One of the things I have found as a widow is that I have time to listen to people now. When I was caring for Ray I never had time, I would phone someone and if the phone call took more than twenty minutes I would try to wind it up and go on to the next task. Now I can spend more time with people both on the phone and in personal encounters. I have time now to listen to their stories and find out about their problems but also their hopes and dreams. We all have hopes and dreams but it is easier to talk about the tough stuff in a way. Explaining our dreams to someone can make us feel vulnerable.

 

I put dreams aside while I was a caregiver. Being a caregiver required so much of my energy each day that to have dreams for the future seemed to be indulgent. Then I had three years of just plain getting over the exhaustion, getting some semblance of life back together. Now as I approach four years since Ray's passing I can see a few things I can do, not big things but things that will enable me to feel happier. In the end it is not the big things that count really is it? This summer's plan is to tackle the garden up the back, maybe plant some shrubs and screen off the mess the neighbour behind's garden looks from here.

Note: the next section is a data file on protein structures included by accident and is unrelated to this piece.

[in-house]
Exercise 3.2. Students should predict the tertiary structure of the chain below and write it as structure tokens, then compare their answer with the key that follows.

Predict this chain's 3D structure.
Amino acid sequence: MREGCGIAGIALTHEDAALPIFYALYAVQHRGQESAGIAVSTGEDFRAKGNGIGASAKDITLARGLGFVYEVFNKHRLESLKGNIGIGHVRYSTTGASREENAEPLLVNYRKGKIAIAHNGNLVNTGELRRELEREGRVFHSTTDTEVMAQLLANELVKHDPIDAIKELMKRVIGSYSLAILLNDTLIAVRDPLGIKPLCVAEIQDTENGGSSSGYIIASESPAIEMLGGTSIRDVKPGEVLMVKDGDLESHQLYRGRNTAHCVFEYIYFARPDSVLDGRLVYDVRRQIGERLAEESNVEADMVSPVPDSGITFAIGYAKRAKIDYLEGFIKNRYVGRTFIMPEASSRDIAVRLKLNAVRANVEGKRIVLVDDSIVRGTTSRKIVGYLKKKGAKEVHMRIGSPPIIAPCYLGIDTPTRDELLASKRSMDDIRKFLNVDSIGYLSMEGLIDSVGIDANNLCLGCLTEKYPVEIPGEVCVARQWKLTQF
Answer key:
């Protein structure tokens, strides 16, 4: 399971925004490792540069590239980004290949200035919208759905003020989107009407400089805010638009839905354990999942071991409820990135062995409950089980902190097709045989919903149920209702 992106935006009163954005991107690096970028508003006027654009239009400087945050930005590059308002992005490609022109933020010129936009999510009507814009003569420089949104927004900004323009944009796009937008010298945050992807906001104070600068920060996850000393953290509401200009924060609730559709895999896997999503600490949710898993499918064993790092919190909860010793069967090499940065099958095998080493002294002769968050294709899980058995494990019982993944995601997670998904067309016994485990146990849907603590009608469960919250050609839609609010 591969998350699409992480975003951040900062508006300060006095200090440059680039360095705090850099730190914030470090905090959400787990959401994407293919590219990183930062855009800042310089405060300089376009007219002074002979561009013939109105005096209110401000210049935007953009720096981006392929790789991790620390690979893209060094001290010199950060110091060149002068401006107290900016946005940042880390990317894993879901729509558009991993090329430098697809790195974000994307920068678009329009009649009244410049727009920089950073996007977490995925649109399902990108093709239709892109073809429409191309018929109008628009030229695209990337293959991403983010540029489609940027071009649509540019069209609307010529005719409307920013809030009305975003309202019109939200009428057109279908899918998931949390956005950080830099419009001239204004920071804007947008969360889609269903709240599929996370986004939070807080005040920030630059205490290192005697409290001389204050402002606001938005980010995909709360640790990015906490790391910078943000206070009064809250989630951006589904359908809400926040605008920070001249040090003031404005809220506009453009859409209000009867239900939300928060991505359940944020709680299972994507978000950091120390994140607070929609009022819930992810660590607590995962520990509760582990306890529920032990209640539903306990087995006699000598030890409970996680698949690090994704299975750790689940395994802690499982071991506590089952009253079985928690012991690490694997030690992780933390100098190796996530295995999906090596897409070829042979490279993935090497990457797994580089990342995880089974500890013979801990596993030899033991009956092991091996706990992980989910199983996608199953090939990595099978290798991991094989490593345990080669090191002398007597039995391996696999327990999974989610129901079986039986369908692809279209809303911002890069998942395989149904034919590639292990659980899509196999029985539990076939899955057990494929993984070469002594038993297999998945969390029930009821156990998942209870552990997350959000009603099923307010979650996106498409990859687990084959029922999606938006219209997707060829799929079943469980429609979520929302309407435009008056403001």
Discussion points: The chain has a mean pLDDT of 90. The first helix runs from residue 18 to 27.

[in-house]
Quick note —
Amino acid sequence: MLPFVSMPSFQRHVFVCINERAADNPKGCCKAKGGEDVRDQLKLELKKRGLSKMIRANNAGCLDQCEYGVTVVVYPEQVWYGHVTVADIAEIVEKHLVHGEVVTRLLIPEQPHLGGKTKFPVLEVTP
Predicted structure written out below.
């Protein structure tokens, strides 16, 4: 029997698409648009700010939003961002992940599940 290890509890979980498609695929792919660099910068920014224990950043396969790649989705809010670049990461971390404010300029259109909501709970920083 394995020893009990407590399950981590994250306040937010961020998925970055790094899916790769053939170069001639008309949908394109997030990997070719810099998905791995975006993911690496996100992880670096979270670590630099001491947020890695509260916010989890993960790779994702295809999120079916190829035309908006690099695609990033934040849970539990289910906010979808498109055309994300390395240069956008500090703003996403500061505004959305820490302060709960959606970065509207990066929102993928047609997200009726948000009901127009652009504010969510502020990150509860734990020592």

I am just realising that I can change some things about my life now. I have always had an excuse for not ticking things off my bucket list, things like getting some new hobbies. Sure I can go on just as I am but we all need to have new horizons to explore physically and mentally. It is something I need to do for myself, I can ask for advice but I can't give the responsibility of decision making to someone else. As a widow life is a do-it-yourself affair.

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Hello Sue,  you say you need a new hobbie, have you though about writing a book? Your writing draws me in, and always make me think about life, family, marriage. I love the way , you paint your story, I want more.  

 

I think, you are doing wonderful, slow and steady, it takes time, and over time you begin to heal, and get on with it. I love the way you explain a widow's life is a do-it-yourself affair. beatufuil play on words.

 

Take care Sue, you been a Pastal care worker, is a great fit. You are a warm, caring, loving person, easy to talk too. you listening is what a lot of people need.

 

God Bless you

 

Yvonne

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Sue your bout and life is about like mine or the way I think about life every day now as my wife just made it to 64 and I made it to 75 in July so come what may we will remain under this roof until God calls us home.... All our kin folks will see us when they can or visit when they can but we will attempt to keep in touch by phone at least.....